Tuesday, May 8, 2007
Joanna Alberti
Getting in from an evening out with friends, a little tipsy, a lot emotional -- we've all been there. Most of us have regretted in the morning what we did or said the night before. But not Joanna Alberti. Such a night unintentionally turned Alberti from stylish young lady into one very successful stylish young lady.

That night the 25-year-old used her insomnia to design Sophie, a fictional, whimsical character who became the face of philoSophie's , a national greeting-card and clothing business. Sophie isn't real, but what she stands for is: "Wear pumps. Take taxis"; "A strong cup of coffee and confidence can get you through the morning"; "Keep your nails painted and your hand raised."

Sophie's musings are splashed across tank tops and fine stationery that Alberti's company creates by hand. The "Sex and the City"-esque mantras speak to real women. Alberti's contagious honesty, not to mention playful wit, makes her a fierce phenom in today's highly competitive design world -- that is nothing to regret.

Update: Watch the CNN.com Live interview
philoSophie's cards seem to encourage consumerism ("shop 'til the cards won't swipe") and traditional gender roles ("all I need in life, I carry in a cute handbag"). How are these cards supposed to empower women? Shouldn't women be empowered by achieving goals--making partner, climbing a mountain, learning a language--rather than buying what TV tells them to buy (e.g. shoes, jewelry)? I just don't see how these cards are different from anything else on the market, despite what CNN would have us believe, and I feel like they're actually condescending to women. Maybe I care about more than shopping and how big my engagement ring is. Maybe I'm an environmental activist, an athlete, a CEO, a mother of 5 -- I wish philoSophie's cards would address those realities instead of the stereotypes created--and perpetuated--by these rather boring cards.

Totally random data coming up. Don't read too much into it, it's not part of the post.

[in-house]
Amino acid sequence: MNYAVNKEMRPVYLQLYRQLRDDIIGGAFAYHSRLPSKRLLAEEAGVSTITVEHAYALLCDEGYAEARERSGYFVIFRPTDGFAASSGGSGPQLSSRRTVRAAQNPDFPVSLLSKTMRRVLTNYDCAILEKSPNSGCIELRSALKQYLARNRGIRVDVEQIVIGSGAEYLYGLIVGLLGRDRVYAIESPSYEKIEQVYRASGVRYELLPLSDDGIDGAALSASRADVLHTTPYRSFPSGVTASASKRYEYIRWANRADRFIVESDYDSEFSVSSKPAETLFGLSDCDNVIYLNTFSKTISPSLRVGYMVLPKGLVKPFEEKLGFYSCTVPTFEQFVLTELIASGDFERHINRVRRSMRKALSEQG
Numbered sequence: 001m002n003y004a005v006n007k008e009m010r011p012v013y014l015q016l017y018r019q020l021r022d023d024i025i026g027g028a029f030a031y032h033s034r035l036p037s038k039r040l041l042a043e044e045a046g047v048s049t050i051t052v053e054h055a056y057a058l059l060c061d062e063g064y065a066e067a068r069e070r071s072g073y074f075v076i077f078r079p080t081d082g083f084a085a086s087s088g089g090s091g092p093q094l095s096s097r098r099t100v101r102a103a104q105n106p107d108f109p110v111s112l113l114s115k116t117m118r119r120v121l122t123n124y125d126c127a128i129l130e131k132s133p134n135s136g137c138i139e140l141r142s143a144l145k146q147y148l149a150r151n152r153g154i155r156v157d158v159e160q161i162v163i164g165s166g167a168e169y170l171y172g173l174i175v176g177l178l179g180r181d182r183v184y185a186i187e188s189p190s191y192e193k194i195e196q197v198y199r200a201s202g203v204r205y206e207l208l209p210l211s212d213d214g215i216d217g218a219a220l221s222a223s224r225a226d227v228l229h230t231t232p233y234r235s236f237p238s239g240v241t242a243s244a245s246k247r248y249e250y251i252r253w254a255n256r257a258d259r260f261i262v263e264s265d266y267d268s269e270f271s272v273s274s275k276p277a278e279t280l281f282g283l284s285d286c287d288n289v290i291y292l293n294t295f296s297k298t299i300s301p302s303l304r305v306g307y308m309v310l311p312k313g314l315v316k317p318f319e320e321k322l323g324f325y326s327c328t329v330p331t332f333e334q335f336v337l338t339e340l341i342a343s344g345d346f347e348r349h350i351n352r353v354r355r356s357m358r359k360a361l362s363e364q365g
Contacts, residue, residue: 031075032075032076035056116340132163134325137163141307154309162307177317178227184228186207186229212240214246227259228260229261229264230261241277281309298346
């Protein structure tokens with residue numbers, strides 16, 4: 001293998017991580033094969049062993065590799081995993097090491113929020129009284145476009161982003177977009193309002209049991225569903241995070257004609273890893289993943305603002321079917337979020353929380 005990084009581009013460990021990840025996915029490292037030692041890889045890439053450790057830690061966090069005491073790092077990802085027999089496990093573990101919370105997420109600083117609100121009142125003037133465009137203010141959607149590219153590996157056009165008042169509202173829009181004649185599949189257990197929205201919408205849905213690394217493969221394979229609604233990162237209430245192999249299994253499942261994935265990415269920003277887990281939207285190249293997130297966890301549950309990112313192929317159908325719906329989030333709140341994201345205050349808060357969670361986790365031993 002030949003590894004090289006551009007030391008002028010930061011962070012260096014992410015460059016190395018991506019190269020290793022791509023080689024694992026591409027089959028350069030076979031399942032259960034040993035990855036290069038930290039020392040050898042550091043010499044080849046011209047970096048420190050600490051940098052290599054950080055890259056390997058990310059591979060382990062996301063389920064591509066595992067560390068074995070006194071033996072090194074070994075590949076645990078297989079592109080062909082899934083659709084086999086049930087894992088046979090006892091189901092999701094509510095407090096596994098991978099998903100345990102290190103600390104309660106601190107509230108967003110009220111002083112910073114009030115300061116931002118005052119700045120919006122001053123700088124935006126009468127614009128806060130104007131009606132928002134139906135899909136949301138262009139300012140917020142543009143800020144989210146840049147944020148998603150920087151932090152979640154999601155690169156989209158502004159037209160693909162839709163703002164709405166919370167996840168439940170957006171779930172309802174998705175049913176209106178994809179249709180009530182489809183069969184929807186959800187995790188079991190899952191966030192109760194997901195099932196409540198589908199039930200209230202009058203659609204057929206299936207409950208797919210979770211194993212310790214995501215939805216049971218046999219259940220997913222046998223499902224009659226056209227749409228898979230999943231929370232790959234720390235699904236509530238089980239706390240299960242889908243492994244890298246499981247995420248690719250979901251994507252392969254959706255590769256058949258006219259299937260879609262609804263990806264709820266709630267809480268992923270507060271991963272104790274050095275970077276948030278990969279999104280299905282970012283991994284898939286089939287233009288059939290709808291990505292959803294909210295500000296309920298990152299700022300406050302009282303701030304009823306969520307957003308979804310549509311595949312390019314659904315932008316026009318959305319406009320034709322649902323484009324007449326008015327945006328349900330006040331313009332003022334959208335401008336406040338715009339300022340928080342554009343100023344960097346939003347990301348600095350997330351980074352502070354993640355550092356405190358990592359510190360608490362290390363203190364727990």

I'm not quite sure how wearing pumps, taking cabs and getting manicures counts as "contagious honesty." Seems more like she's exhorting traditional gender roles and a bigger carbon footprint. Not to mention being super boring. Way to go, Ann Taylor shopper! Hope you land a banker husband so you never have to take public transit with the unwashed masses.